Transcribing Music through Abstract Typographic Notation

link190's picture

I'm working on a project right now that is in a very conceptual stage, and very abstract, so I'm trying to get some input to steer this in an appropriate direction.

I'm working to build what I'm calling "beatmaps" right now. It is to be a linear transcription of music (mainly experimental electronic or electro acoustics) presenting harmony, dissonance, meter, and syncopation with only punctuation and letter forms. It isn't to be readable...the letters are only to represent sound through their visual presence. Color choices will also be a large issue in defining the melodic atmosphere.

Think about it like looking at sheet music, but instead of seeing black and white dot and flag characters, you find colorful typographic fragments arranged so you SEE the music as plainly as you would hear it.

Vague, I know. Abstract, I know. I'm only typing this little bit of info so we can think about the wide possibilities here. If your musically attuned I'd really appreciate any things you can give me to consider, any visual ideas, or good references.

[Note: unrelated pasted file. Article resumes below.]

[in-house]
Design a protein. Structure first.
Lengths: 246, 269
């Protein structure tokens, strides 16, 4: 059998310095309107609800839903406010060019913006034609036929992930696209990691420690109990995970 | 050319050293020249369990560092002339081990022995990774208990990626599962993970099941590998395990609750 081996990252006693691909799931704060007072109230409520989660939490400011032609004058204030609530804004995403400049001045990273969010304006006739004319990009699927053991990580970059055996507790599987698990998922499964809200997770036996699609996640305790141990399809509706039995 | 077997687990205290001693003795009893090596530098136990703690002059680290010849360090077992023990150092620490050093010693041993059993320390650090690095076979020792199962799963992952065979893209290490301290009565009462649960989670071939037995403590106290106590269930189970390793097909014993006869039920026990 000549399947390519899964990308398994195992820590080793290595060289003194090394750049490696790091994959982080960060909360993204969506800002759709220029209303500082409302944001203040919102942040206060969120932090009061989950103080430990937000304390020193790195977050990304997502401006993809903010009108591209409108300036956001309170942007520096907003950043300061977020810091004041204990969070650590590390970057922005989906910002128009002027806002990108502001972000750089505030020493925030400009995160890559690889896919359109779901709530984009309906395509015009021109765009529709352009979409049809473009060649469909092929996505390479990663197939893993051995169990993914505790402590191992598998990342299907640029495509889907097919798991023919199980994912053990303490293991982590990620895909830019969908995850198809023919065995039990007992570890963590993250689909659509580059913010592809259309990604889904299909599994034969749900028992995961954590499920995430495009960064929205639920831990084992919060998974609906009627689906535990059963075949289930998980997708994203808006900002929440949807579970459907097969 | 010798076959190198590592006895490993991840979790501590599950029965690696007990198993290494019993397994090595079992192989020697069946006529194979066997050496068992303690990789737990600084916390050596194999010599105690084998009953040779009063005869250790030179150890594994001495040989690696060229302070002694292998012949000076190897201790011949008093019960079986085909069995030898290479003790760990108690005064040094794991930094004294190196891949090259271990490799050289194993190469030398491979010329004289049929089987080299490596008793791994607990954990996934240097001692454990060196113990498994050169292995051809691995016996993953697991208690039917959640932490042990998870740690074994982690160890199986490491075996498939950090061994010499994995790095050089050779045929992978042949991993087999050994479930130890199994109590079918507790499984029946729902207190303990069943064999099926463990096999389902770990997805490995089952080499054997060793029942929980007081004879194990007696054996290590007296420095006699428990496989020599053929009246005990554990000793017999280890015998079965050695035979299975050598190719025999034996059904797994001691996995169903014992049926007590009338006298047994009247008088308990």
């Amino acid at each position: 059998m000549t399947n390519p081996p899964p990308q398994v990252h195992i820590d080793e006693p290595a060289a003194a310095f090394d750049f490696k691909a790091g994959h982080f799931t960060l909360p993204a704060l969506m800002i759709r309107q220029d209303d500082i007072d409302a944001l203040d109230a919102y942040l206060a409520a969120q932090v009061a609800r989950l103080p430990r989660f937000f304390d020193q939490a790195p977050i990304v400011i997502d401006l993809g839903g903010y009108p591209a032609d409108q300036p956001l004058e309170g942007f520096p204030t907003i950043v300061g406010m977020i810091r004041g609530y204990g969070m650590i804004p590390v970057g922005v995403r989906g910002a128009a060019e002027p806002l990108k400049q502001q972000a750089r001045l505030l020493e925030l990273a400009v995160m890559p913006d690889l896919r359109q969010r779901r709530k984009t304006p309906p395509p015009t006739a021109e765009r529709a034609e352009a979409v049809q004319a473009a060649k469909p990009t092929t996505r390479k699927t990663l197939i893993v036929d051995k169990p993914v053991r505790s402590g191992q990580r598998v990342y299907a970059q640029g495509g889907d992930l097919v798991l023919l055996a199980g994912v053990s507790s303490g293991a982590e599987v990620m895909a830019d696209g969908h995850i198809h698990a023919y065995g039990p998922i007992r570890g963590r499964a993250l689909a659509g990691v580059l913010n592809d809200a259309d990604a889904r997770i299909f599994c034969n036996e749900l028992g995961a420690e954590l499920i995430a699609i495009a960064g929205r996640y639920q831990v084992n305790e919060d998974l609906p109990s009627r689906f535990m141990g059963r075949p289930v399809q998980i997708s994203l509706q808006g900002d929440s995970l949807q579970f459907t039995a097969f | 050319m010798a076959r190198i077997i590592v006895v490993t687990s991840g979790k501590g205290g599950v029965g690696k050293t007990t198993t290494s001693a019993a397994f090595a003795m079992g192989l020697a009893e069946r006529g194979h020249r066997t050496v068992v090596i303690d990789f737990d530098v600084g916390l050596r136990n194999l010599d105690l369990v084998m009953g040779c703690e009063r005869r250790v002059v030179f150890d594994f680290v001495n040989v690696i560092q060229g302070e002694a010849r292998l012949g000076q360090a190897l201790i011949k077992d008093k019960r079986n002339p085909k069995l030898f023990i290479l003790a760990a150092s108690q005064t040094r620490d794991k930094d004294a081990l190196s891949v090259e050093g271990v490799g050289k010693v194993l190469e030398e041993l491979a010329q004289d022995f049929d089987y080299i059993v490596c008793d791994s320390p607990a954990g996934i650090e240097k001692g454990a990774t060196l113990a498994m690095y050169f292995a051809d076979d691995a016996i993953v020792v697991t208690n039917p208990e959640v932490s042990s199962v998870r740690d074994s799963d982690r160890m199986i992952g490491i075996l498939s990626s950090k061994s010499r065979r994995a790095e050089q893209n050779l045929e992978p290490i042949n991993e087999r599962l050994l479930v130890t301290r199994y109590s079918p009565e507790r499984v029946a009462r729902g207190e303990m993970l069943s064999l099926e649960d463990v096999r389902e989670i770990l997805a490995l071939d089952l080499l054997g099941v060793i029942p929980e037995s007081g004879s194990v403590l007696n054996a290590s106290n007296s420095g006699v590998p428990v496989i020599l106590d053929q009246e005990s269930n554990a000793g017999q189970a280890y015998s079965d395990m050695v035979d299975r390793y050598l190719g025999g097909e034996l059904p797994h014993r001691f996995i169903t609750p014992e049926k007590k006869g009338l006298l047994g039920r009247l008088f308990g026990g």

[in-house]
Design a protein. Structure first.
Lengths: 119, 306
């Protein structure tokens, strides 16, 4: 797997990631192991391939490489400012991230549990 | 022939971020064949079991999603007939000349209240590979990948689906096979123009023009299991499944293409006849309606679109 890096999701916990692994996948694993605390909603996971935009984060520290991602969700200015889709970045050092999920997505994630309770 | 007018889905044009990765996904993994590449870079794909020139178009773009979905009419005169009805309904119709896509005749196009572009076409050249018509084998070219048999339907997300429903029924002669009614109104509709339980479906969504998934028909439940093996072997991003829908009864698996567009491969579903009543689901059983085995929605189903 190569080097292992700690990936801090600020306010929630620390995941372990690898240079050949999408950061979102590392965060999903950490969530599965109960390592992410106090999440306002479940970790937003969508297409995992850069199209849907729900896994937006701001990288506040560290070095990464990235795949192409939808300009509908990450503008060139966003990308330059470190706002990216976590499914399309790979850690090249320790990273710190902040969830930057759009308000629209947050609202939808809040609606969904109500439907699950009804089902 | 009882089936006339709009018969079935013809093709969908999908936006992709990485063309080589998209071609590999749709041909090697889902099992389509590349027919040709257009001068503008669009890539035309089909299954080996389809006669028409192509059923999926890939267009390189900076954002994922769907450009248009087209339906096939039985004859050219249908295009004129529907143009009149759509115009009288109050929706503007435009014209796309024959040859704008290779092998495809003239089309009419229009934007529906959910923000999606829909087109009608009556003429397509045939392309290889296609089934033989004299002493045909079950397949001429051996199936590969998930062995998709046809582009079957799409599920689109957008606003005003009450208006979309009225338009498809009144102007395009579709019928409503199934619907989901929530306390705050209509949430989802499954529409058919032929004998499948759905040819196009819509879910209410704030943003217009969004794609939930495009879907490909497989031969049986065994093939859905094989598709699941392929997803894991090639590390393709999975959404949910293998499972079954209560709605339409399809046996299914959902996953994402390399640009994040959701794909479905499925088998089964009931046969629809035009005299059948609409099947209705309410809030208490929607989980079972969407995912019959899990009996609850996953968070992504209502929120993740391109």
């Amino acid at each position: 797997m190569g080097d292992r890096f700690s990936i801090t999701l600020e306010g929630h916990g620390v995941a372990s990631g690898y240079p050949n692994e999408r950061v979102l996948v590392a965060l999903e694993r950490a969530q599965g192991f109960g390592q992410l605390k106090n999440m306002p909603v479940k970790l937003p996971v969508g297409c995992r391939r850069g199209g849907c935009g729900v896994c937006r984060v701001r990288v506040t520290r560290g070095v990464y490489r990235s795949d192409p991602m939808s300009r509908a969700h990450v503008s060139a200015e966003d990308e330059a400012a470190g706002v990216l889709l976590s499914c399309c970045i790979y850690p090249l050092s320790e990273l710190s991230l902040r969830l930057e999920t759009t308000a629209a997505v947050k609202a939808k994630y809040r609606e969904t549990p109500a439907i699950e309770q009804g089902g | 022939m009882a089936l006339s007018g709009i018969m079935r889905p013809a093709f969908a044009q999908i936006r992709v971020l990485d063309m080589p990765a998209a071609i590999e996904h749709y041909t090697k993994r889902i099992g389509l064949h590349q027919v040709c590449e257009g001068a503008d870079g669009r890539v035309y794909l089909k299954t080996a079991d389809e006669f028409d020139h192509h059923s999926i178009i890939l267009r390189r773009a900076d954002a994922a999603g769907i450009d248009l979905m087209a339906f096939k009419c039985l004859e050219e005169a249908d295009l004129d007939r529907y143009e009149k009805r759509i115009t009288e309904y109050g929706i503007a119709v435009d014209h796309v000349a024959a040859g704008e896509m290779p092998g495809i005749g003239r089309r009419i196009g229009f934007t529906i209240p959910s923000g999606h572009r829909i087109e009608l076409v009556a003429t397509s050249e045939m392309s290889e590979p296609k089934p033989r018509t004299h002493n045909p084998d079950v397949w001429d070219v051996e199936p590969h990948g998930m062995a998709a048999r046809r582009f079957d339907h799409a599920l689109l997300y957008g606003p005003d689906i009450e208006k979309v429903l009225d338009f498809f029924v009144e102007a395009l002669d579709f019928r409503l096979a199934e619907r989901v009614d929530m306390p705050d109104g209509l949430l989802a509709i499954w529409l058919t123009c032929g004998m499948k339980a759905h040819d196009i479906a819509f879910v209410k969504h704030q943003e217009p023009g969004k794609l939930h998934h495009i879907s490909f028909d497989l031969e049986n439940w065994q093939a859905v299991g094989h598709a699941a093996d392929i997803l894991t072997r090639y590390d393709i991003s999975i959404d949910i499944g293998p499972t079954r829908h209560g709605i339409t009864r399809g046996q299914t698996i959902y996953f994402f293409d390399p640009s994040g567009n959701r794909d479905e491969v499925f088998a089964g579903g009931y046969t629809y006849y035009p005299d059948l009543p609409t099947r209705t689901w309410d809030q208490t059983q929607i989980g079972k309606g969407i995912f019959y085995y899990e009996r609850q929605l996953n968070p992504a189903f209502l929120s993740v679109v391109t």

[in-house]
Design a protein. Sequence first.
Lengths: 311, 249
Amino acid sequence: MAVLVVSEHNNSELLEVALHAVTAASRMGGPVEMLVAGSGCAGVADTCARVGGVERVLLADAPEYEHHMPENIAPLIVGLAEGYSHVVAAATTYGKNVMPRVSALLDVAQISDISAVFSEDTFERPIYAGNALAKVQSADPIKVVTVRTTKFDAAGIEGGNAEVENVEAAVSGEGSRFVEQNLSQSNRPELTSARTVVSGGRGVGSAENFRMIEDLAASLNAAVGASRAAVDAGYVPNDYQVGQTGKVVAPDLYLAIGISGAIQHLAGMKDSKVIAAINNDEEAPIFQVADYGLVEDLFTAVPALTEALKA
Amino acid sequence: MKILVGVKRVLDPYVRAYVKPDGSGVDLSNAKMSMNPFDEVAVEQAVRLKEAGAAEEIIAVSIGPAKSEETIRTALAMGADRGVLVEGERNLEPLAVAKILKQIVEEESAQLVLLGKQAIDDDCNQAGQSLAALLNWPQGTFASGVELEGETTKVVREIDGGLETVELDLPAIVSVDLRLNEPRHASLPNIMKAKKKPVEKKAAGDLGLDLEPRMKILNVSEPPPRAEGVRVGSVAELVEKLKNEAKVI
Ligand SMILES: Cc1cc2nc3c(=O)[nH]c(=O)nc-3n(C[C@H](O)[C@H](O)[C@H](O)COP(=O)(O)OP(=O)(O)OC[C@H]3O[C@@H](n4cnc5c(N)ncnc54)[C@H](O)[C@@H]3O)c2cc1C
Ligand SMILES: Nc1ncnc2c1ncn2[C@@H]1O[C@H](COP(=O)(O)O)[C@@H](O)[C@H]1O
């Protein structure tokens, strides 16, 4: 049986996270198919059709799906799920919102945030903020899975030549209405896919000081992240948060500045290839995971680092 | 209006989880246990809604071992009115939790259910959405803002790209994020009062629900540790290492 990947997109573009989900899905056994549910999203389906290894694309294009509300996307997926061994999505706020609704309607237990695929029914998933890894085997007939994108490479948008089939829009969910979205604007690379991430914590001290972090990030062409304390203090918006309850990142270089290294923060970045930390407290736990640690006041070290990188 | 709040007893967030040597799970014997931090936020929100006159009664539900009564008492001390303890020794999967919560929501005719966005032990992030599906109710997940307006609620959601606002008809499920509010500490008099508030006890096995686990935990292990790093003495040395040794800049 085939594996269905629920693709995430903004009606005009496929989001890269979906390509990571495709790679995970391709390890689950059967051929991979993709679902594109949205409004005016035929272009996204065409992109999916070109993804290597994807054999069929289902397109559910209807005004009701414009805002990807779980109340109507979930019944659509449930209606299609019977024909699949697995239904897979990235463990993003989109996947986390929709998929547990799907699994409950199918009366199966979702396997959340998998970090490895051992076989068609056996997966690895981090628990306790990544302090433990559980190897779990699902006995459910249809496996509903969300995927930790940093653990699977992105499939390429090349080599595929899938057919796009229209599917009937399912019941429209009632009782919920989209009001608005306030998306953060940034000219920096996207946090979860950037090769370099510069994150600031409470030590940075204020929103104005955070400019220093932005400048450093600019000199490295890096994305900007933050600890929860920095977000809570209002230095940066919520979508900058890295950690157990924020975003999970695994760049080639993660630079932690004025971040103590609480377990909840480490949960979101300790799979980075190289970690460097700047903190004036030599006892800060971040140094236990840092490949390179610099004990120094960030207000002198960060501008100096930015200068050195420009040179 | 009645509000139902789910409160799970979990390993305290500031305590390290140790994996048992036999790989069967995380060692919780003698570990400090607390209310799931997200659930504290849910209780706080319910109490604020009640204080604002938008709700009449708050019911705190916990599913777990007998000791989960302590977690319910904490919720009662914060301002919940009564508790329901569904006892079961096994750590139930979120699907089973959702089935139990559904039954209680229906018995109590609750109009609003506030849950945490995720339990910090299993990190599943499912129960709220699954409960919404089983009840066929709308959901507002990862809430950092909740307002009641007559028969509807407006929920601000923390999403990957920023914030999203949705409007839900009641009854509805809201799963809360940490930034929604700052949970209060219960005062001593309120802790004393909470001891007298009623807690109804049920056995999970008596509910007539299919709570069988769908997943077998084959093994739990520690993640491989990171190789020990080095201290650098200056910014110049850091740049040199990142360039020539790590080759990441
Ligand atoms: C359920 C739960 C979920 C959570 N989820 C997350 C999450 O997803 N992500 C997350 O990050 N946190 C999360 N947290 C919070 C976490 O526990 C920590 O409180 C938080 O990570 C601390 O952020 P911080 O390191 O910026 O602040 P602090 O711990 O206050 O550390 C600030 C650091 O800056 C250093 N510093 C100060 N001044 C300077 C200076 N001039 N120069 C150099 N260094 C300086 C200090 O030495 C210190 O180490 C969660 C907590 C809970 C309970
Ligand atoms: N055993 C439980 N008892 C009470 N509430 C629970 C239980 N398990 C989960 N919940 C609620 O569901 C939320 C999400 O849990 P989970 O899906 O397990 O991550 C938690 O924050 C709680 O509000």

John Hudson's picture

Robert Bringhurst has an abiding interest in what he calls typographic polyphony, i.e. the representation of multiple, simultaneous or contrapuntal voices in type. It is difficult to do convincingly, as Robert is the first to admit, largely because reading is an isolating process. Polyphonic texts are appreciated only as wholes: as soon as one starts to read the polyphony stops, as when one tries to pick out a particular instrument or voice in polyphonic music. That said, poly-typographic compositions can be visually very dramatic and exciting. One of my favourite such images, which Robert shows in some of his illustrated lectures, is of a heavily graffiti'd highway underpass in LA, in which multiple layers of tagging interact.

All this is a lengthy pre-amble to my suggestion that, in your attempt to represent music typographically, you may have an easier and more direct route to the kind of visual polyphony that interests Robert than the more common attempt to represent text musically.

link190's picture

Thanks John,

I certainly haven't looked into Bringhurst's writing enough, and I didn't realize he treated music. It makes sense, with his poetic experience. I'm not finding much online about his though...just links to his books, and one interview that didn't get too interesting. Any info online you know of?

It might be a trip to the library for me.

John Hudson's picture

I'm not aware of any written work by Robert that really deals with the 'typographic polyphony' topic, although there are some examples of his attempts to produce such work, e.g. his poem for several voices The blue roofs of Japan and the more recent Ursa Major: A Polyphonic Masque for Speakers & Dancers. I've not seen anything online.

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